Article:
I write because I live.
It takes a special sort of optimism to bring children into the world, particularly in times of trouble. The more educated you are, the more you know about the world at large and the forces crashing around it like icebergs speckled with political lice, the more daunting it is to try and project for the future. My parents started with me and my siblings in the early 1980’s, so they didn’t have the Internet to feed them a constant flow of doom and contrast, but since both of them had had parents with military and intelligence backgrounds reaching back to the second world war, they had enough to go on to know that the world at large was neither safe, nor sound, and that interesting times were ahead.
Through Cracks in the Sidewalk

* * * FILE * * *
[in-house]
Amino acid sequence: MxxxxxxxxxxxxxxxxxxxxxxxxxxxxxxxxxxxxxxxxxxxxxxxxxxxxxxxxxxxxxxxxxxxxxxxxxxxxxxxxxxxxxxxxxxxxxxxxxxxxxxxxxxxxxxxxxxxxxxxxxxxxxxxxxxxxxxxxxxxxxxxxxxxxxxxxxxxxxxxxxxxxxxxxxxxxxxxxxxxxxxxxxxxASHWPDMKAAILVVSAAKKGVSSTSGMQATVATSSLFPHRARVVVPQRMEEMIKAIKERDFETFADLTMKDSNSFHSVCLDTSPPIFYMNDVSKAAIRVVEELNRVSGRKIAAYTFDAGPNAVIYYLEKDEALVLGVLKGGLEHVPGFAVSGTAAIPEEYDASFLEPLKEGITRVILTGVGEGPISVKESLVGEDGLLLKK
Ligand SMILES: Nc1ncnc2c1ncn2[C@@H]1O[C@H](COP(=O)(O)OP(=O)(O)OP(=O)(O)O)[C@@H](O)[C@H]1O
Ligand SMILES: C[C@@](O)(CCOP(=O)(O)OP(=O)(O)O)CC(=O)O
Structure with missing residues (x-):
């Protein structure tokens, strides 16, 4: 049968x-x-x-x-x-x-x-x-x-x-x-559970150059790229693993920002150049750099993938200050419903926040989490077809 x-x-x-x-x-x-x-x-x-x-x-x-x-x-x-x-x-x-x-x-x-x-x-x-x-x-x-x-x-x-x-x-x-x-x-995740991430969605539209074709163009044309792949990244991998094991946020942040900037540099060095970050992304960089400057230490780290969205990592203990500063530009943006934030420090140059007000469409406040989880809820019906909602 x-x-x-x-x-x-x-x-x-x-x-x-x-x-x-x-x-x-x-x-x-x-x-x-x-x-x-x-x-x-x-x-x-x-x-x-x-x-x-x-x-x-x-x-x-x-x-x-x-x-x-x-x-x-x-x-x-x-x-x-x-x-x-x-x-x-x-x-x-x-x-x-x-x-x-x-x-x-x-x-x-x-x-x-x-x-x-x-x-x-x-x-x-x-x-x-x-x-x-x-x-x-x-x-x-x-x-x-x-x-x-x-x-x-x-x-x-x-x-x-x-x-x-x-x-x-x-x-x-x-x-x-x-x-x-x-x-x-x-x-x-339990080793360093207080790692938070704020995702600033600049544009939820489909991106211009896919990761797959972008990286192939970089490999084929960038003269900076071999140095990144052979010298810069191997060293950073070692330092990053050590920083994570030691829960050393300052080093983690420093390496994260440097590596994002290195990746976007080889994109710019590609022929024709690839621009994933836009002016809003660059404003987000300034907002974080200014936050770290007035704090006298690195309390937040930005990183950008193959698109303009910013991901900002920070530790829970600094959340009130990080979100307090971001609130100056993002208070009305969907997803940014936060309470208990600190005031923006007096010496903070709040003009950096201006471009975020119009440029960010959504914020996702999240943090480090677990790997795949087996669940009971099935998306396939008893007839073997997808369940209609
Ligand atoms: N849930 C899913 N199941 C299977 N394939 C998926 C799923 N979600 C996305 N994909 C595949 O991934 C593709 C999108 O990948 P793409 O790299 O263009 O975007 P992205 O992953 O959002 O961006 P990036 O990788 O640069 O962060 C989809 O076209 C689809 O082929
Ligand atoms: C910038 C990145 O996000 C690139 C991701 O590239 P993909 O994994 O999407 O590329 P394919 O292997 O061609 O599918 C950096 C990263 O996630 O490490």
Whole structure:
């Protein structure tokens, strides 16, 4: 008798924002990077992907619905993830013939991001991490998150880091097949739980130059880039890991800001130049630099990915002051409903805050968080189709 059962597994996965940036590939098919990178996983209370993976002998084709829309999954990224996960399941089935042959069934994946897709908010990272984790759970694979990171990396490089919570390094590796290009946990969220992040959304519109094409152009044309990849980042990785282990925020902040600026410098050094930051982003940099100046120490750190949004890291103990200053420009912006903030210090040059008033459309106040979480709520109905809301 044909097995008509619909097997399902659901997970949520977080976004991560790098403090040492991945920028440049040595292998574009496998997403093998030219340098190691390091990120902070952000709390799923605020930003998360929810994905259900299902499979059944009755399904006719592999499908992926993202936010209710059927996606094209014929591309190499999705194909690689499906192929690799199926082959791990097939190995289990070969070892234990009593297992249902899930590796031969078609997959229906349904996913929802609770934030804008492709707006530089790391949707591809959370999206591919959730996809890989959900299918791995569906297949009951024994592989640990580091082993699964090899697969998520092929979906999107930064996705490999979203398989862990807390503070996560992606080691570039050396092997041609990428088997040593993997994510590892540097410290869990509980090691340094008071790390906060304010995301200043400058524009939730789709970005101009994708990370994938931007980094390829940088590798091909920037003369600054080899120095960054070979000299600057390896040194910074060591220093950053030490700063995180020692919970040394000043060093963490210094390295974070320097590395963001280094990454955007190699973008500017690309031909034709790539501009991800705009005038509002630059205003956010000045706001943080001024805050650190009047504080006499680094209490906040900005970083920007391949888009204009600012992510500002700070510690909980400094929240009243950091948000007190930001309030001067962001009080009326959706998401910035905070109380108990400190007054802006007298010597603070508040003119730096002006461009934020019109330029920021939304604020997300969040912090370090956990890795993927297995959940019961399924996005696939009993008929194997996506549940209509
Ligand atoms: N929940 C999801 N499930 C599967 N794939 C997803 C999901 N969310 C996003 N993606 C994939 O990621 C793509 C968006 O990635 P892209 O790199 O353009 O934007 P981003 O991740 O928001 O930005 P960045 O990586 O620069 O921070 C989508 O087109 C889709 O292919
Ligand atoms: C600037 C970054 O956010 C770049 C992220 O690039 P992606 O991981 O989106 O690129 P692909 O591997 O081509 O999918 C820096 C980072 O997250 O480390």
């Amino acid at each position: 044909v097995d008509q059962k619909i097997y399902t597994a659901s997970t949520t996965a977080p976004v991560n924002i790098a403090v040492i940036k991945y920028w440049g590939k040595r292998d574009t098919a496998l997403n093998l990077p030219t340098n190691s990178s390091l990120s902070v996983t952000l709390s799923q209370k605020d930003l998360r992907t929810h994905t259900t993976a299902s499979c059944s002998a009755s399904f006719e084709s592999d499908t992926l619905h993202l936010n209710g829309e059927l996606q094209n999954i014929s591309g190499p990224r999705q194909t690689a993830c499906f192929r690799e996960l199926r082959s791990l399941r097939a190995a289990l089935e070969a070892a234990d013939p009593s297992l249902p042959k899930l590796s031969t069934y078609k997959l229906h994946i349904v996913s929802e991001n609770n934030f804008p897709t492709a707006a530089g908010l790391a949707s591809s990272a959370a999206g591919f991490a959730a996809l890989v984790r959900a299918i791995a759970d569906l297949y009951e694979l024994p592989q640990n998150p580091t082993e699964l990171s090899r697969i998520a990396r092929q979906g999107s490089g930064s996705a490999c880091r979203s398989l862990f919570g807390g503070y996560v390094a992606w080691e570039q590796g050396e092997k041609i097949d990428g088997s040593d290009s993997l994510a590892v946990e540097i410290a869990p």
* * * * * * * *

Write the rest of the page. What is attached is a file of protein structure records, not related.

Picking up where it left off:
October is not a friendly month to be outside. Not, at least, in the city. Ask anyone, and they’ll tell you that sitting on cold concrete is not a pleasant thing to do, but any normal person doesn’t do it for all that long: to really understand the cold you have to be sitting behind a little sign that sums your existence up with pleading black sharpie on the inside of a liquor box. You needed your spine up against the unyielding, spiritless rock, and your tailbone parked uncomfortably on a fold in your jeans, trying to find some variety in the numbness that a thin nylon sleeping bag won’t provide. The real cold doesn’t kick in until you don’t have an option to get away from it, and it takes on that broody, seductive whisper telling you that it’s here for you now, that it will hold you while you fall asleep if you let it, and if you wake up, it will be there waiting.